Head of the Class
Photo by Paolo Galli. November 2010: KAB participates in an outreach program that shares dance with public school students in the area.
Megan Amanda Ehrlich spent much of her childhood bouncing from city to city because of her father’s job with the military. But one thing remained consistent: her commitment to ballet. By age 6, she had decided to pursue a professional career. At the time, she was training in the Vaganova method with Boris Chepelev and Janna Kirova in Florida. A year later, when her family moved to Washington, D.C., Megan Amanda auditioned for the Kirov Academy of Ballet, but was told to come back in a few years. She returned the following year—and was accepted on full scholarship. She spent two years at the prestigious academy before being uprooted again, and then returned to KAB as a high school sophomore. An airy dancer with to-die-for feet and easy technique, Megan Amanda graduated this past spring. Here, she shares moments from her senior year, documented by photographer Paolo Galli. —Katie Rolnick
Photo by Paolo Galli. Here, Megan Amanda and her friend Isaac Aoki, also at KAB, rehearse for the performance.
Photo by Paolo Galli. Megan Amanda and other KAB students rehearse a demonstration for public school students.
Photo by Paolo Galli. Megan Amanda and Isaac sneak in a game of cards before class.
Photo By Paolo Galli. December 2010: At KAB’s winter performance, Megan Amanda danced the pas de deux from La Sylphide. Here, her mom helps her into her costume.
Photo by Paolo Galli, Courtesy The Balanchine Trust. She also danced the Waltz Girl in George Balanchine’s Serenade.
Photo by Isaac Aoki. January 2011: Megan Amanda did an impromptu photo shoot with her friend Isaac Aoki, who’s also a fledgling photographer.
Photo by Paulo Galli. March 2011: Megan Amanda found time to read, one of her favorite hobbies.
Photo by Paulo Galli. April 2011: Megan Amanda and fellow student Alex Babayev were asked to perform at a special awards ceremony. Martin Fredmann, deputy artistic director of the KAB, joined them—and they were all picked up in a limo!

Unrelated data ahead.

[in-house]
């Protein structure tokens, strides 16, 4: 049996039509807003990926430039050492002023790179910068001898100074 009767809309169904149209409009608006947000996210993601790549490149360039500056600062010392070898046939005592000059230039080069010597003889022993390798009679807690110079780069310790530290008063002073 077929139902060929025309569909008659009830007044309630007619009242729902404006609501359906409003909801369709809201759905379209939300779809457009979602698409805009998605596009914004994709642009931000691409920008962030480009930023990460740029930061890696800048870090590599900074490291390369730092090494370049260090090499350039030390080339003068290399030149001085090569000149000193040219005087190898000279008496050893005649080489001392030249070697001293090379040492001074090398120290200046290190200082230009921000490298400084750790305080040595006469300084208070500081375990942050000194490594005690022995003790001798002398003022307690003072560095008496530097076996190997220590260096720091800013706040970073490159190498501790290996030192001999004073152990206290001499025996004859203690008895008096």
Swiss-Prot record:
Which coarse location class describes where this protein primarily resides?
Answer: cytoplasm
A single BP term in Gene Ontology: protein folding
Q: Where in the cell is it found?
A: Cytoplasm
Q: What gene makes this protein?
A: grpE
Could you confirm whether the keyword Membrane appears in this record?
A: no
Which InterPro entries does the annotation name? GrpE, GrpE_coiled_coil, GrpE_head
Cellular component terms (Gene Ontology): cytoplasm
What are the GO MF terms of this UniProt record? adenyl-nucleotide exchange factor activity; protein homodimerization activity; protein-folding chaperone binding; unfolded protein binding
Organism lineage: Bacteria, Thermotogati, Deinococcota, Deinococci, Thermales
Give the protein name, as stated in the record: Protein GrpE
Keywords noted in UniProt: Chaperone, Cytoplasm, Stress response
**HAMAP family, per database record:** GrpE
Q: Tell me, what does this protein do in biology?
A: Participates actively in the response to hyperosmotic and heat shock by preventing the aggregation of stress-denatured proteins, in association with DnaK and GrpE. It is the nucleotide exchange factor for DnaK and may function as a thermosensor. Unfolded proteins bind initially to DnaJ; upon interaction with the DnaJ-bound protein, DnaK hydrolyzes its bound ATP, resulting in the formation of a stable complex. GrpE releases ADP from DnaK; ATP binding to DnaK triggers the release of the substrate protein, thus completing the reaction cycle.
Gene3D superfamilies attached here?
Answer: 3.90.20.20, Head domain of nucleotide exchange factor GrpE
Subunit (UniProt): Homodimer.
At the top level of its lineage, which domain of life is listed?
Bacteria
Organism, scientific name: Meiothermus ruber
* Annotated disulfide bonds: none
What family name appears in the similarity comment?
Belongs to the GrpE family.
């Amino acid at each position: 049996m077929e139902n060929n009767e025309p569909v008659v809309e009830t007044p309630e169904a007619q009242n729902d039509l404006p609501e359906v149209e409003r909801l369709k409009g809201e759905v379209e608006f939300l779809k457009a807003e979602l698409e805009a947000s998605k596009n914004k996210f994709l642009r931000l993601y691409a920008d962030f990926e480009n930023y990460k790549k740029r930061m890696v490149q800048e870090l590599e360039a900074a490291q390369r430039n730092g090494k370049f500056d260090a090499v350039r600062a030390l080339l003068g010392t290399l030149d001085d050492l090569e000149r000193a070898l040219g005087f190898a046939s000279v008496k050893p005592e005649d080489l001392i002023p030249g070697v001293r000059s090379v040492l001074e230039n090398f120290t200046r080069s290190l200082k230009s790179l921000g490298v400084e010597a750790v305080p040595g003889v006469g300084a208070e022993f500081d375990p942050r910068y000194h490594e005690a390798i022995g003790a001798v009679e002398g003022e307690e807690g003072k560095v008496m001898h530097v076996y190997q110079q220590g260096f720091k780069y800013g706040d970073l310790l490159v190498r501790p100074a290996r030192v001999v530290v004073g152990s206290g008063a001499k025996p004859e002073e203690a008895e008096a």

Photo by Paolo Galli. Megan Amanda in class with teacher Ludmila Morkovina
Photo by Paolo Galli. April 2011: For the KAB spring performance, Megan Amanda was cast as Odette in the second act of Swan Lake. Here, she rehearses with Chase O’Connell, a former KAB student.
Photo by Paolo Galli. Megan Amanda and Chu-En Chiu as Odette and Siegfried in KAB’s production of Swan Lake
Photo by Paolo Galli. As they approach graduation, seniors at the Kirov Academy of Ballet in Washington, D.C. get professional audition photos taken.
Photo by Paolo Galli. On May 28, 2011, Megan Amanda graduated from high school at KAB.
EDITOR'S NOTE: After graduating, Megan Amanda moved to California to apprentice with San Francisco Ballet.
Birthday: July 20, 1995 (she graduated at 15!)
Favorite dance movie: Center Stage
Favorite book: “I really like murder mystery novels and books by James Patterson.”
Favorite TV shows: “NCIS” and “The Big Bang Theory”
Most played on her iPod: The album Dusk and Summer by Dashboard Confessional
Dance idol: “I really like Polina Semionova. I also look up to a lot of my friends. Dancing next to them in class pushes me to make myself better.”
It's time to get your pirouette on! From September 5th to September 30th, we're hosting a contest to find out who's the best turner of them all.
Put together your most impressive turning combo. Post a video online. Share your turns with us and thousands of other dancers around the world. And if our editors think you're the top turner, you'll win a fabulous prize.